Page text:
Plant-based diets: How to include high protein foods?

Plant-based diets: How to include high protein foods?

Whether you are a vegetarian or a vegan, it might seem difficult to find good protein sources, but it’s not! Here are some ideas!

If you follow a meat-free diet, it might be hard at first to adapt and find the right balance of nutrients. There is a common misconception that plant-based diets lack sufficient protein, but the truth is that there are healthy alternatives to meat that you can include. The concern is not unfounded because protein is essential for muscle growth and repair and while the meat is one of the main protein sources, it’s not the only one. Here are 10 options!

1. Quinoa

Quinoa contains more than 8g of protein per 180g

Quinoa contains more than 8g of protein per 180g –two servings of quinoa are equivalent to a chicken fillet’s protein content. Of course, quinoa has the advantage that it is gluten-free and super versatile!

2. Seitan

Seitan is a great substitute for meat!

You’ve probably asked yourself what seitan really is, well, it is made by combining wheat gluten, water, herbs and spices. A serving of approximately 80g contains 17g of protein, it also contains iron and calcium.

3. Teff

Teff is an ancient grain with a high protein content –a serving of 240g has around 11g of protein. It is gluten-free, high in iron, vitamin B and fiber.

4. Lentils

A serving of 240g contains 18g of protein

A serving of 240g contains 18g of protein, it's packed with fiber, B vitamins, iron, magnesium and zinc –green lentils are higher in protein than red ones.

5. Chickpeas

Add them to your salad, prepare some hummus, roast them for a healthy snack, the recipes are endless. Only 30g chickpeas have the same proteins as an egg –around 6g.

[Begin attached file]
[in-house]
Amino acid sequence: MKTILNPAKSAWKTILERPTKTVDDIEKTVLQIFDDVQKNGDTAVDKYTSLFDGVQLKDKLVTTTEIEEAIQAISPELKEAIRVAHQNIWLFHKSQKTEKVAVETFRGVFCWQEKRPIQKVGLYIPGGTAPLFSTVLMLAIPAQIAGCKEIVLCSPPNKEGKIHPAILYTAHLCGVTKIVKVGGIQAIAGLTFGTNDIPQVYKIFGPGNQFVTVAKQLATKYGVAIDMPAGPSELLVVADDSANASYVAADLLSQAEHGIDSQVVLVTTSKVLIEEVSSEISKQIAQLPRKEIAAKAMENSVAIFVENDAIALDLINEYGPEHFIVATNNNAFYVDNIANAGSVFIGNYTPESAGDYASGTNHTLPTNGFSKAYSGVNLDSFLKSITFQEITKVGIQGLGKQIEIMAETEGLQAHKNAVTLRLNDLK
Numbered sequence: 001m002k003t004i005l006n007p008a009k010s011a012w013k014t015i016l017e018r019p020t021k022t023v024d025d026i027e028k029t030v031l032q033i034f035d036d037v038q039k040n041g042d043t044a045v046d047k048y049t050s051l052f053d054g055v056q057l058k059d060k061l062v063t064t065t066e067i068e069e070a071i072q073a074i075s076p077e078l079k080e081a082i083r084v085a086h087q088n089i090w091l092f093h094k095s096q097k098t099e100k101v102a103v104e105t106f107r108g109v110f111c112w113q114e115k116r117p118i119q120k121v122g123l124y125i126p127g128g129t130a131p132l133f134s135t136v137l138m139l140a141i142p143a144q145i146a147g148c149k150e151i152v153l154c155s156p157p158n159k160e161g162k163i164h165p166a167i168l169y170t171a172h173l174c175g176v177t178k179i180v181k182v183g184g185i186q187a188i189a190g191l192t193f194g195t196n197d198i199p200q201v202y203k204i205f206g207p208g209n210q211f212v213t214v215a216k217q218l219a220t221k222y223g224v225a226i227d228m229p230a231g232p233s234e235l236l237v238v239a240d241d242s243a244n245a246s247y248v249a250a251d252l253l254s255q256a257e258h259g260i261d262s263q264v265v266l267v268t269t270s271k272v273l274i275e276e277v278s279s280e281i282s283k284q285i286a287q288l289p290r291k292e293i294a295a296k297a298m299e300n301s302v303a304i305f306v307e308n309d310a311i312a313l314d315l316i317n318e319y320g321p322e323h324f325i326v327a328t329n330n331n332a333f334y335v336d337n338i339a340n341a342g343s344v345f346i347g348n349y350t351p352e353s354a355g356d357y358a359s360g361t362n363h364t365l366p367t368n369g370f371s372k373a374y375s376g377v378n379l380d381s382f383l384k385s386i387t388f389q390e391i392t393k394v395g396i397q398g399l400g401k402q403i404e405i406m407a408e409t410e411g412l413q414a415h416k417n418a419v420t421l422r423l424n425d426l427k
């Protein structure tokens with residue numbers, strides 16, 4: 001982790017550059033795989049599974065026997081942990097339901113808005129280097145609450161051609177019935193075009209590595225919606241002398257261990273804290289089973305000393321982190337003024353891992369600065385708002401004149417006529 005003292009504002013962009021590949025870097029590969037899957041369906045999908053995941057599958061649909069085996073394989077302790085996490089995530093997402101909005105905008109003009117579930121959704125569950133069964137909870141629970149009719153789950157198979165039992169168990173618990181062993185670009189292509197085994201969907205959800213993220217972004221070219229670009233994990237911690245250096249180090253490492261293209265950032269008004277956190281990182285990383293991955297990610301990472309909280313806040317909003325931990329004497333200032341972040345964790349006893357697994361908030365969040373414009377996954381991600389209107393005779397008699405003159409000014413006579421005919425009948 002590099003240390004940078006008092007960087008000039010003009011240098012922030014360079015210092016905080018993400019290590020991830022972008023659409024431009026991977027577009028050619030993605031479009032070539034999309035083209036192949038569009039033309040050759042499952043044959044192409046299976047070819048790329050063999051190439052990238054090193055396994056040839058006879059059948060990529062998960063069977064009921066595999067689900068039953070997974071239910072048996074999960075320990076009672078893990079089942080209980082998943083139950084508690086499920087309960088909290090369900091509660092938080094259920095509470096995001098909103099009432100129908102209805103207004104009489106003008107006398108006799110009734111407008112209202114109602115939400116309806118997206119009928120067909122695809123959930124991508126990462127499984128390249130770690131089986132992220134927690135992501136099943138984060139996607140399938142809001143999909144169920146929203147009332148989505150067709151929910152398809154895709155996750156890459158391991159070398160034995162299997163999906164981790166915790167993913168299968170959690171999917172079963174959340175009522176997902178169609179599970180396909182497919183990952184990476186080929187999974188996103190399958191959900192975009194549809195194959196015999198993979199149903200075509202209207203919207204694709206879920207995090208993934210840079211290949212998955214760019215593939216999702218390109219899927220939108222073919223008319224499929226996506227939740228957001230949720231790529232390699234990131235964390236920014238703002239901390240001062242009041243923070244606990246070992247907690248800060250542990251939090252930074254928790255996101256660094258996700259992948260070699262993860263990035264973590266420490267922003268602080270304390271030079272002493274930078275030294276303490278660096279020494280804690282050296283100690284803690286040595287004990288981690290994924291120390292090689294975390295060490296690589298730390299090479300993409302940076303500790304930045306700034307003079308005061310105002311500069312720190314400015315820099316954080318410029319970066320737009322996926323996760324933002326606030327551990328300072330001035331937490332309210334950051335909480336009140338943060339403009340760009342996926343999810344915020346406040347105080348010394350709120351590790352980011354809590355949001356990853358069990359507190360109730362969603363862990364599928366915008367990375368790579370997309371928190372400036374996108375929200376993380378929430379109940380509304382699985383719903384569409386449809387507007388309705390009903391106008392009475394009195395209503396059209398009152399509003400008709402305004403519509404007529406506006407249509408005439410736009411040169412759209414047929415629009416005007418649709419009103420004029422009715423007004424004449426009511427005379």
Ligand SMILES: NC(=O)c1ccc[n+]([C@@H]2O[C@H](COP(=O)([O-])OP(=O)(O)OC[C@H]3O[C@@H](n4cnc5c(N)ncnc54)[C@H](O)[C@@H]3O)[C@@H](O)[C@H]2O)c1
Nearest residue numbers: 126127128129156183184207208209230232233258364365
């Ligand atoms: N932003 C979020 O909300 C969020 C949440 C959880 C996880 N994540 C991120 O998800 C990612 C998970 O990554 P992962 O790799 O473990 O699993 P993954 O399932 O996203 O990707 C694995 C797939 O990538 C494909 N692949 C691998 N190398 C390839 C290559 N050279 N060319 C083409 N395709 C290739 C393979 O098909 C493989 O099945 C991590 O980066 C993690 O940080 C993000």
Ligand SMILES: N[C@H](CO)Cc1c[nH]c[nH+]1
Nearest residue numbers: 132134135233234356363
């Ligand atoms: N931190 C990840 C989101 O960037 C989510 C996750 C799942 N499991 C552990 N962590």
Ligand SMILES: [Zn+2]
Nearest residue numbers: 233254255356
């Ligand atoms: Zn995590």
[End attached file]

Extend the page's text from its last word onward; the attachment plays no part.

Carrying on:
6. Beans

On top of being rich in iron, fiber and protein, it contains lysine, an essential amino acid that lowers your cholesterol and speeds up the body’s absorption of calcium.

7. Soy milk

Add some soy milk to your morning coffee!

A glass of soy milk provides around 7g of protein and they are usually fortified with calcium, vitamin D and vitamin B12.

8. Nutritional yeast

A 5g teaspoon amounts 2.5g of protein, it is also packed with thin vitamins B, iron and zinc. You can add it to soups, pizza, pasta and sprinkled over any dish you like.

9. Pumpkin seeds

Roast them for 15 minutes and have them as a snack!

On top of providing 7g of protein every 28g, they are packed with phosphorus, manganese and magnesium, they are also loaded with antioxidants and fatty acids. Roast them for 15 minutes and have them as a snack!

10. Green peas

Green peas contain 4g per 80g –it is actually one of the most protein-rich vegetables. They are also a great source of vitamin C and fiber.

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Peter O Brien

Peter started out his professional life as a restaurant critic but ended up moving to the kitchen, realizing that his passion didn’t only lie in tasting the food, but MAKING it. Follow his delicious recipes, as well as useful articles about the many benefits healthy and delicious food will bring to your life.+ info

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